Saturday, March 12, 2011

Scientists already making discoveries in wake of Japan's temblor

By Eryn Brown

Here's what experts have learned about the earthquake thus far.

Q: What caused it?

A: The earthquake occurred because a portion of the Pacific Plate is being pushed into and underneath the North American plate, forming a so-called subduction zone that built up so much pressure it ruptured, slipping as much as 60 feet.

"This was a planetary monster," said Thomas Jordan, director of the Southern California Earthquake Center at USC.

The earthquake occurred along a patch of an undersea fault that's about 220 miles long and 60 miles wide. Because the fault broke at a shallow depth, it shifted the sea floor, triggering tsunamis throughout the Pacific Ocean.

Q: Was it a surprise?

A: Yes and no. Seismologists said the quake was larger than they thought was possible in that part of the world. "We thought about the Big One as an 8.5 or so," said Susan Hough, a seismologist at the U.S. Geological Survey in Pasadena, Calif. Such an earthquake would have been about one-third as strong as an 8.9 quake.

"But it's not like an 8.9 hit Kansas," she added. "We know Japan is an active subduction zone."

What tripped scientists up was a lack of recent activity in the area, Jordan said. The last earthquake of this magnitude along this plate boundary occurred in the year 869. Seismologists had been debating the fault's potential to break, but they had little data to go on.

"The question was whether that section had locked - accumulating strain - or was it slipping slowly," Jordan said. "We now know that this is a plate boundary that was locked."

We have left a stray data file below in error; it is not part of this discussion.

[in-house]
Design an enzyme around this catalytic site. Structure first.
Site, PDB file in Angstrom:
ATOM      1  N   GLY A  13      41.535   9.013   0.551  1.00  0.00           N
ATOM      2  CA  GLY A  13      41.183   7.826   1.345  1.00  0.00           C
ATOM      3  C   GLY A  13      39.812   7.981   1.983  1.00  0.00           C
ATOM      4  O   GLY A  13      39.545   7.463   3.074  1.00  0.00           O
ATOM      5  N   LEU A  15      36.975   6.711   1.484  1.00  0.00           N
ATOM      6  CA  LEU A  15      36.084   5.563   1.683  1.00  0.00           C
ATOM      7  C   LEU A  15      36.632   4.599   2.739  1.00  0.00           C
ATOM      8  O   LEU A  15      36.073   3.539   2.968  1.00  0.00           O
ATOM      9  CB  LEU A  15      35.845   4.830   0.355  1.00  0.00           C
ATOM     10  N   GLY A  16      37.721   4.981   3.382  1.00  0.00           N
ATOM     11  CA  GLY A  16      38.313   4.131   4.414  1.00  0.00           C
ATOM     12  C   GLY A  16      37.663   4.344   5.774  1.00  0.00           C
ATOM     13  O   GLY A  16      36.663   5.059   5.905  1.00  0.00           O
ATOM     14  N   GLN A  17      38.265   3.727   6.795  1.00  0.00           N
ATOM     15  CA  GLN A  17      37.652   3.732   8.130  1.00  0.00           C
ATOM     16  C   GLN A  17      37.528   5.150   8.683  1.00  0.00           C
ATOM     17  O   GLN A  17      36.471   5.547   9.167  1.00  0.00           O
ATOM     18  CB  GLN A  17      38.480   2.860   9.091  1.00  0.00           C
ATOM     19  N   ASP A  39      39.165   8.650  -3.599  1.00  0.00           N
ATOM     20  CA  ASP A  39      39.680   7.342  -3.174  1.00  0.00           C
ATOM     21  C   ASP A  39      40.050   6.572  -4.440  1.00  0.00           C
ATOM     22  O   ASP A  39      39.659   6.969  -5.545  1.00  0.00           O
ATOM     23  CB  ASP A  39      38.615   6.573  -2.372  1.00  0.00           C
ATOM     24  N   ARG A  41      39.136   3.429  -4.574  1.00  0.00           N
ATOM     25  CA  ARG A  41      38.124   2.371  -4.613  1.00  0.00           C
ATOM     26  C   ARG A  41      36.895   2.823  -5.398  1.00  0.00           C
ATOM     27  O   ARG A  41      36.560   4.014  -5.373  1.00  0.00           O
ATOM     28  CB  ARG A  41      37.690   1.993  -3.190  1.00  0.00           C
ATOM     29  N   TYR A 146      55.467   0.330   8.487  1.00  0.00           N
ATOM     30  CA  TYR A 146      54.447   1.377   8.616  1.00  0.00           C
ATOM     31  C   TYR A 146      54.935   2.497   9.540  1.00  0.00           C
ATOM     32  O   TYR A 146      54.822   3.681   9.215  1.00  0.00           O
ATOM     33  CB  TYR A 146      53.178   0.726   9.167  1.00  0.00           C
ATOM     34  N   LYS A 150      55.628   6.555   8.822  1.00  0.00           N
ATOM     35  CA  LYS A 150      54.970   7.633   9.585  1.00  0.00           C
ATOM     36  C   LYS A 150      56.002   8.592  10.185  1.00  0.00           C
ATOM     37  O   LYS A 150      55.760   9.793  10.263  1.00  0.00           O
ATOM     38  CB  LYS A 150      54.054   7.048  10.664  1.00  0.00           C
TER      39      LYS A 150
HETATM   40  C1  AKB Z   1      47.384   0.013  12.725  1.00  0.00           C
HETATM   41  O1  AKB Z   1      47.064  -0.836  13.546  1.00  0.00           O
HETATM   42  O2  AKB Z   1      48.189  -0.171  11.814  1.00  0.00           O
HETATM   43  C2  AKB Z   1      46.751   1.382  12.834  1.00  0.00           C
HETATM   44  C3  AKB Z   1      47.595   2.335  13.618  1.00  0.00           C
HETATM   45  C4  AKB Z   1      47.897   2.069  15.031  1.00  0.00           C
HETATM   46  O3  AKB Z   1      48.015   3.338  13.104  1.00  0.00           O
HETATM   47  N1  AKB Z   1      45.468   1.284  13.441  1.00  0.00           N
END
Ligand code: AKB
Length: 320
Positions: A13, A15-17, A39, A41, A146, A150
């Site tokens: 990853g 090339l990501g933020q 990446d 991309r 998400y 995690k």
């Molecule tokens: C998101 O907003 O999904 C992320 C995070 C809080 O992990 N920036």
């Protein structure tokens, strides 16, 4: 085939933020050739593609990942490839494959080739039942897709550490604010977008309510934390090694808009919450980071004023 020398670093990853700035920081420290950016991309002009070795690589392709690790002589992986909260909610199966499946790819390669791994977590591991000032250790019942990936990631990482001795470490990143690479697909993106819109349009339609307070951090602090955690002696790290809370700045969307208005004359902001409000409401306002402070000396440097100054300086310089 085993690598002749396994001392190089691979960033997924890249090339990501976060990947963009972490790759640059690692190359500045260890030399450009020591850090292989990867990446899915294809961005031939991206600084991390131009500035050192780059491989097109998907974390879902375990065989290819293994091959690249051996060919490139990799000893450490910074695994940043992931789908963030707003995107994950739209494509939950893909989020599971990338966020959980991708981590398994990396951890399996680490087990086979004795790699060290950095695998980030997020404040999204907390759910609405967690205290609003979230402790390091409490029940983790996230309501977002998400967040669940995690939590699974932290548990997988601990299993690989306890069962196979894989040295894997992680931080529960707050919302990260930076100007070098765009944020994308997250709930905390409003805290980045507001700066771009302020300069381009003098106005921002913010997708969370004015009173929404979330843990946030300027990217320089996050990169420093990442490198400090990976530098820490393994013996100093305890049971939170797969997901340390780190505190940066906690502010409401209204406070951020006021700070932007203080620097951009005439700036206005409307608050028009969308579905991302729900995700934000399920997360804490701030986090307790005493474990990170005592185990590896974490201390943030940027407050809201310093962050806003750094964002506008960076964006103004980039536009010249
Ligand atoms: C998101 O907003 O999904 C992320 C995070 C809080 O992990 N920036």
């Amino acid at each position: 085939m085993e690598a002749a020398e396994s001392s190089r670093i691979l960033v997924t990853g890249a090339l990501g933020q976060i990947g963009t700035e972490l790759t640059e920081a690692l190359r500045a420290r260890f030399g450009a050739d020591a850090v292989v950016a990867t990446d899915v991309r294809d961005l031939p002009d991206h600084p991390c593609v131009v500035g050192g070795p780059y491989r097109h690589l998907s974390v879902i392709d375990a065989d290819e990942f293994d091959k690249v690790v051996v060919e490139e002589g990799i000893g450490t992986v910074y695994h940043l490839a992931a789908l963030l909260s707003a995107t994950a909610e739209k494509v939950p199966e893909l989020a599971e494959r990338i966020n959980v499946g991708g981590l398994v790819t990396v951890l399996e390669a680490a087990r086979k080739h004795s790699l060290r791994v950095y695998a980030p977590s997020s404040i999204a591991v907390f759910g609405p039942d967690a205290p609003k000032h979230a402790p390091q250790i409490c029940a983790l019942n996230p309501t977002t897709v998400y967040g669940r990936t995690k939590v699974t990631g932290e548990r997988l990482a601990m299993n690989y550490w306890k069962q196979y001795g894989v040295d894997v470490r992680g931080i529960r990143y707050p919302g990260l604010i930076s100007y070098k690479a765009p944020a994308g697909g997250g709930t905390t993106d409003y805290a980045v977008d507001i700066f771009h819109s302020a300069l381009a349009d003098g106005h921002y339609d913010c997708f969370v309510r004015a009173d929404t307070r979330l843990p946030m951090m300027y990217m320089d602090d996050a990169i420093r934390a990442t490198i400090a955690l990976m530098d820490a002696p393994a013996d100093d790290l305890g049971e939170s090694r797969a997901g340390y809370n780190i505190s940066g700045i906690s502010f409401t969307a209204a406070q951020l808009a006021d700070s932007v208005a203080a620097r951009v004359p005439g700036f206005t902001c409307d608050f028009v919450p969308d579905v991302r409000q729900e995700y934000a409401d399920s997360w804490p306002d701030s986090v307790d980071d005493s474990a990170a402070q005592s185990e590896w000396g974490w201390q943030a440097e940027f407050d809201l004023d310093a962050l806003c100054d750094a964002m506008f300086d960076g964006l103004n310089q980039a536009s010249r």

Q: You mean there were no hints at all?

A: Brian Atwater, a USGS seismologist based in Seattle, said that Japanese GPS data collected since the 1990s showed that the coast of Japan was being pulled inland at a rate of about 25 feet per century, another indication that the plates were stuck and energy was building between them.



  1. I also heard on the news that they had smaller quakes in the days before the major one. Perhaps that caused them to drop their guard for a moment, thinking it was the quake, rather than what they called a 'pre-shock'.

    Good stuff.

  2. I think it's important not to try to second-guess what could've been done. As technologically advanced as we are, there really is no realistic way to predict earthquakes. I think the Japanese response has been exemplary, and should be taken as an example for the rest of the world.

  3. It's interestng to know more about it

  4. this is no joke. california is in risk...

  5. Mother nature sometimes cannot be predicted, all our technology comes to nothing against our own planet.

  6. Monday, 1 March 2010
    they knew it was coming

  7. interesting stuff

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  8. wow, that's crazy. It's so sad, hopefully people see this and start to take caution.

  9. damn, im sure they did all they could to prepare

  10. The GPS info should have given them more of a heads up. But I'm not scientist.

  11. You just can't rule out the complete random destructive power of nature....scary stuff

  12. It's amazing that even this "much" is known about this stuff. It's not like you can go down there and hold a finger onto it to feel whether it's got a little fever. Damn science, u scary.